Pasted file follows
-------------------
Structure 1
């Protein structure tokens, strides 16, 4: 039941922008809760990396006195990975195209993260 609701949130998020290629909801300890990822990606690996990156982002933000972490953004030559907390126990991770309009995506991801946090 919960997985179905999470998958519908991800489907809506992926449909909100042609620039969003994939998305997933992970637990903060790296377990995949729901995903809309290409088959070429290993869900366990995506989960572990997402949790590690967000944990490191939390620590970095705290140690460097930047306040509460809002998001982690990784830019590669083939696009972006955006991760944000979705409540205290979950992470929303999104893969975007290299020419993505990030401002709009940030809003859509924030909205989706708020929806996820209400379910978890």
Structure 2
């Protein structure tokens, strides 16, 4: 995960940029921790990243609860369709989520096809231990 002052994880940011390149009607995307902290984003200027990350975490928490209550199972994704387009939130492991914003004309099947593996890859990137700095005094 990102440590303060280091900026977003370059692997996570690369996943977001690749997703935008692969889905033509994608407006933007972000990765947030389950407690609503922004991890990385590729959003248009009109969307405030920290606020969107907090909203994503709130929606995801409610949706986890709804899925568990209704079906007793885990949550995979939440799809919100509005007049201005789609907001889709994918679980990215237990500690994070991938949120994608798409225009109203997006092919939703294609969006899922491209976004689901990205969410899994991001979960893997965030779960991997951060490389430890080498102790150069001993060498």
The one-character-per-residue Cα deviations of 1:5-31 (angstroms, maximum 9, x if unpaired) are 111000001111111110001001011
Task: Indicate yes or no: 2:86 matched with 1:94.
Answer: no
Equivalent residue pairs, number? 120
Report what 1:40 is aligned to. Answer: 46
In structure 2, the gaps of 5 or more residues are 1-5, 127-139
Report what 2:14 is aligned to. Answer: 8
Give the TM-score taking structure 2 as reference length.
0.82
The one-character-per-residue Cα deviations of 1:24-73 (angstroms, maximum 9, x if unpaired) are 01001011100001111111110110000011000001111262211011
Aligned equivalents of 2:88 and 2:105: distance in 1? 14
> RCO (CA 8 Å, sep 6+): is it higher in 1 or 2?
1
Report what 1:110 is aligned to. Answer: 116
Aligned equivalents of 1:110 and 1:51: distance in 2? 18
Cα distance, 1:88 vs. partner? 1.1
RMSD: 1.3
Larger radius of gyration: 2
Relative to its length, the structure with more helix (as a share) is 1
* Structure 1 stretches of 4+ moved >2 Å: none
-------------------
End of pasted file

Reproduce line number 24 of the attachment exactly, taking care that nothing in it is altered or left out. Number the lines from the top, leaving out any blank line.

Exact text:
* Structure 1 stretches of 4+ moved >2 Å: none